Parent and Sibling Relationships in To Kill A Mockingbird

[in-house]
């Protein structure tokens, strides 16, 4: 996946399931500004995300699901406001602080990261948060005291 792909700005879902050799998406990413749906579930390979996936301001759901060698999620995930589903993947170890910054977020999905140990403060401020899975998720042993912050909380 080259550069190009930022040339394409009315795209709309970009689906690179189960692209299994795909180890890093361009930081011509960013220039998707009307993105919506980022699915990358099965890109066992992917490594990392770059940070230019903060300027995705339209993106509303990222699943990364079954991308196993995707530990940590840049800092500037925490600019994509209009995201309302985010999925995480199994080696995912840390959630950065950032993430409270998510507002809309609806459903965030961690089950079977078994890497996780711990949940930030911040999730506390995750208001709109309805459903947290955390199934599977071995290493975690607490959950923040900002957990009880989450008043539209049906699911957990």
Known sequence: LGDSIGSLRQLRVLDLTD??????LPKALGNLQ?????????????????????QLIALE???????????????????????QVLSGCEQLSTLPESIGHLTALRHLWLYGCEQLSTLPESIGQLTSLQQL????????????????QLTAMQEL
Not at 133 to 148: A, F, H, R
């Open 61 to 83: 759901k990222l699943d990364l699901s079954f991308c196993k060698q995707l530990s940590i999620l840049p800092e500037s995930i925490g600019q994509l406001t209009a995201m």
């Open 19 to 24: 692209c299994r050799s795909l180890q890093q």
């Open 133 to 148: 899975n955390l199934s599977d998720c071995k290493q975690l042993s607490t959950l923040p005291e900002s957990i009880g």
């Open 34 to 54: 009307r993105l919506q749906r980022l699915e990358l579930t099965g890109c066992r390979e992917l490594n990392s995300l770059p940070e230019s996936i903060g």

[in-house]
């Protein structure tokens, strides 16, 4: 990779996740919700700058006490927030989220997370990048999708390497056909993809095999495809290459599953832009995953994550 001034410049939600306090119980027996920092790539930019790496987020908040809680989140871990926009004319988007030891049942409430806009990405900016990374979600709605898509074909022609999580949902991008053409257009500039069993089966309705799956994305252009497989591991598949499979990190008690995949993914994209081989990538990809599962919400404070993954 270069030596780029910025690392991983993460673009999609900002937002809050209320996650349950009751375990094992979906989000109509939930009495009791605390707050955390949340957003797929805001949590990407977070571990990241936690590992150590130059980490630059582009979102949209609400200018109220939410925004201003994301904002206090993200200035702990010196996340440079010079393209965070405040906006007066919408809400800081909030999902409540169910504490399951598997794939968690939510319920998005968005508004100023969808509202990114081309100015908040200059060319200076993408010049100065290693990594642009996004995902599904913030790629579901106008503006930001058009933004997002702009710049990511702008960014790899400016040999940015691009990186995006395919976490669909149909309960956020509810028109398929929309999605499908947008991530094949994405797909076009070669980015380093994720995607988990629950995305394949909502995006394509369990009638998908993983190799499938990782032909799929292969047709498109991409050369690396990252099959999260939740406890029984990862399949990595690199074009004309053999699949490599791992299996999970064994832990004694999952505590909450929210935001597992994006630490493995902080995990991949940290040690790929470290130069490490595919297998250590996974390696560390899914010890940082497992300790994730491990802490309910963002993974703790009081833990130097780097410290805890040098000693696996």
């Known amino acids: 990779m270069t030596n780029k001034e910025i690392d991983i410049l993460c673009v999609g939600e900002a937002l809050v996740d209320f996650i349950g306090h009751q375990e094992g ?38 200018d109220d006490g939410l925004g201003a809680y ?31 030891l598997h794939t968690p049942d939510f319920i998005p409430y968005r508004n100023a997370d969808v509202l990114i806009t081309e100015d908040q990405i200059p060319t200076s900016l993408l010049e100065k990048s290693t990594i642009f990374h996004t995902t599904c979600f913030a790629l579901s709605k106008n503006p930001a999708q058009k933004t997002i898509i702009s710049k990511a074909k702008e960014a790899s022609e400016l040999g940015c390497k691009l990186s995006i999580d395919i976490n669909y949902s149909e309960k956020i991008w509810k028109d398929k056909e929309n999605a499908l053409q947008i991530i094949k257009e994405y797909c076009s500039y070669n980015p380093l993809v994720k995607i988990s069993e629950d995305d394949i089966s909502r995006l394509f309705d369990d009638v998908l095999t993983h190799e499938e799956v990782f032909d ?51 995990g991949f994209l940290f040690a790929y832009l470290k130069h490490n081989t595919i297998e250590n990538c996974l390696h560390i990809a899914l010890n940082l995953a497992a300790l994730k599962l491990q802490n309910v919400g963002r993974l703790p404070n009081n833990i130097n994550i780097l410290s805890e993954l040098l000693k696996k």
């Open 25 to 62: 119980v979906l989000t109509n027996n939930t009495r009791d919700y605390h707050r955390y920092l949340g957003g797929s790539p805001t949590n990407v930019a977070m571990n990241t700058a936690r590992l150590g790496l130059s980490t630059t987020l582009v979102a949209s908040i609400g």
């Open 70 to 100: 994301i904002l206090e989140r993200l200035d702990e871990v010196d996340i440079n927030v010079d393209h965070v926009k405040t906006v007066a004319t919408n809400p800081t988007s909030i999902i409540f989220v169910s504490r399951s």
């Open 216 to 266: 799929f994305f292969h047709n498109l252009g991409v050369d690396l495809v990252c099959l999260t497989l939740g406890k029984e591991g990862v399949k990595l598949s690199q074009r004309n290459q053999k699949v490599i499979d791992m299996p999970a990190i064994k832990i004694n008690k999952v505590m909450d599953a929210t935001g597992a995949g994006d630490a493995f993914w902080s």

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Parent and Sibling Relationships in To Kill A Mockingbird Inside the wondrous book, To Kill a Mockingbird, you can find many different examples of the theme I chose for this particular essay. The theme I seemed most fascinated with was parent and sibling relationships. The reason why I chose this theme was for the reason that I knew this book was all about the lessons that we learn in life, and how we gain knowledge from our parents and other family members also. As I looked through the book I found dozens of examples of parent and sibling relationships. Parent and sibling relationships to me means how strong of a relationship people have, or what they have done to come closer as a family. In chapter three I found a nice quote to analyze. First of all Atticus said, " If you can learn a simple trick, Scout, you'll get along with all kinds of folks. You never really understand a person until you see things from his point of view." (Lee 30). This quote helps me to understand Atticus' point of view on how he wants his children to judge people. He is teaching Scout a very good lesson right now. He is teaching her that you can't really talk about a person unless you have been in his or her position. I think that it is a very good lesson to teach Scout because she is still a young girl and at he school she has to put up with all kinds of judgmental people, she doesn't need to add to the mix. I think that this has made Atticus' and Scout's friendship come a little closer because now she knows something that she didn't before so she can develop to be a nice and even better young lady in life. Another quote that related to my theme is the one in chapter 23. "Jem, see if you can stand in Bob Ewell's shoes for a minute, I destroyed his last shred of credibility at the trial, if he had any to begin with. The man had to have some kind of comeback, he always does. So if spittin' on my face and threatening me saved Mayella one extra beating, that's

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